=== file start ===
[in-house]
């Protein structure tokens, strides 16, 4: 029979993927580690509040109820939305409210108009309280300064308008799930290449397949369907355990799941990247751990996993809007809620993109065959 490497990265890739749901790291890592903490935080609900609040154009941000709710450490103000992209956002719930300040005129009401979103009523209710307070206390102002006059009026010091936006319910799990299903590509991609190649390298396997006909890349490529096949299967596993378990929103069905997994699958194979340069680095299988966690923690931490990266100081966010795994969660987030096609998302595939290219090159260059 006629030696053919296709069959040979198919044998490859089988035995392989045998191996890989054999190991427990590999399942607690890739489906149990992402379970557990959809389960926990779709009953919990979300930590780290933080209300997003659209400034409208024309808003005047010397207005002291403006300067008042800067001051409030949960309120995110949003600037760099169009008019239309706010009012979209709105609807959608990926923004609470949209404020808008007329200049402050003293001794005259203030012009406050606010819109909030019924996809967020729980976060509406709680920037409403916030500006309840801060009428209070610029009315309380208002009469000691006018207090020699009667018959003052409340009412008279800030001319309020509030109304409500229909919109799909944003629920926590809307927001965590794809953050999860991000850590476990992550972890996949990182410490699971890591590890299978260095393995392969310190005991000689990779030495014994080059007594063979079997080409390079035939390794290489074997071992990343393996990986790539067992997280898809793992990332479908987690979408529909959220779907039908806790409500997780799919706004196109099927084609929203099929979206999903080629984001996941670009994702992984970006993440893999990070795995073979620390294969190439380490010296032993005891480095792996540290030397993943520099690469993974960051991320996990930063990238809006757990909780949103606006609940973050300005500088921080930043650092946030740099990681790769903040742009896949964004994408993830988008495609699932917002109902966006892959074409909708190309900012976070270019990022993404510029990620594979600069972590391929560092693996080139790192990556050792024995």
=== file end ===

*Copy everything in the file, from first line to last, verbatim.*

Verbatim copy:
[in-house]
């Protein structure tokens, strides 16, 4: 029979993927580690509040109820939305409210108009309280300064308008799930290449397949369907355990799941990247751990996993809007809620993109065959 490497990265890739749901790291890592903490935080609900609040154009941000709710450490103000992209956002719930300040005129009401979103009523209710307070206390102002006059009026010091936006319910799990299903590509991609190649390298396997006909890349490529096949299967596993378990929103069905997994699958194979340069680095299988966690923690931490990266100081966010795994969660987030096609998302595939290219090159260059 006629030696053919296709069959040979198919044998490859089988035995392989045998191996890989054999190991427990590999399942607690890739489906149990992402379970557990959809389960926990779709009953919990979300930590780290933080209300997003659209400034409208024309808003005047010397207005002291403006300067008042800067001051409030949960309120995110949003600037760099169009008019239309706010009012979209709105609807959608990926923004609470949209404020808008007329200049402050003293001794005259203030012009406050606010819109909030019924996809967020729980976060509406709680920037409403916030500006309840801060009428209070610029009315309380208002009469000691006018207090020699009667018959003052409340009412008279800030001319309020509030109304409500229909919109799909944003629920926590809307927001965590794809953050999860991000850590476990992550972890996949990182410490699971890591590890299978260095393995392969310190005991000689990779030495014994080059007594063979079997080409390079035939390794290489074997071992990343393996990986790539067992997280898809793992990332479908987690979408529909959220779907039908806790409500997780799919706004196109099927084609929203099929979206999903080629984001996941670009994702992984970006993440893999990070795995073979620390294969190439380490010296032993005891480095792996540290030397993943520099690469993974960051991320996990930063990238809006757990909780949103606006609940973050300005500088921080930043650092946030740099990681790769903040742009896949964004994408993830988008495609699932917002109902966006892959074409909708190309900012976070270019990022993404510029990620594979600069972590391929560092693996080139790192990556050792024995």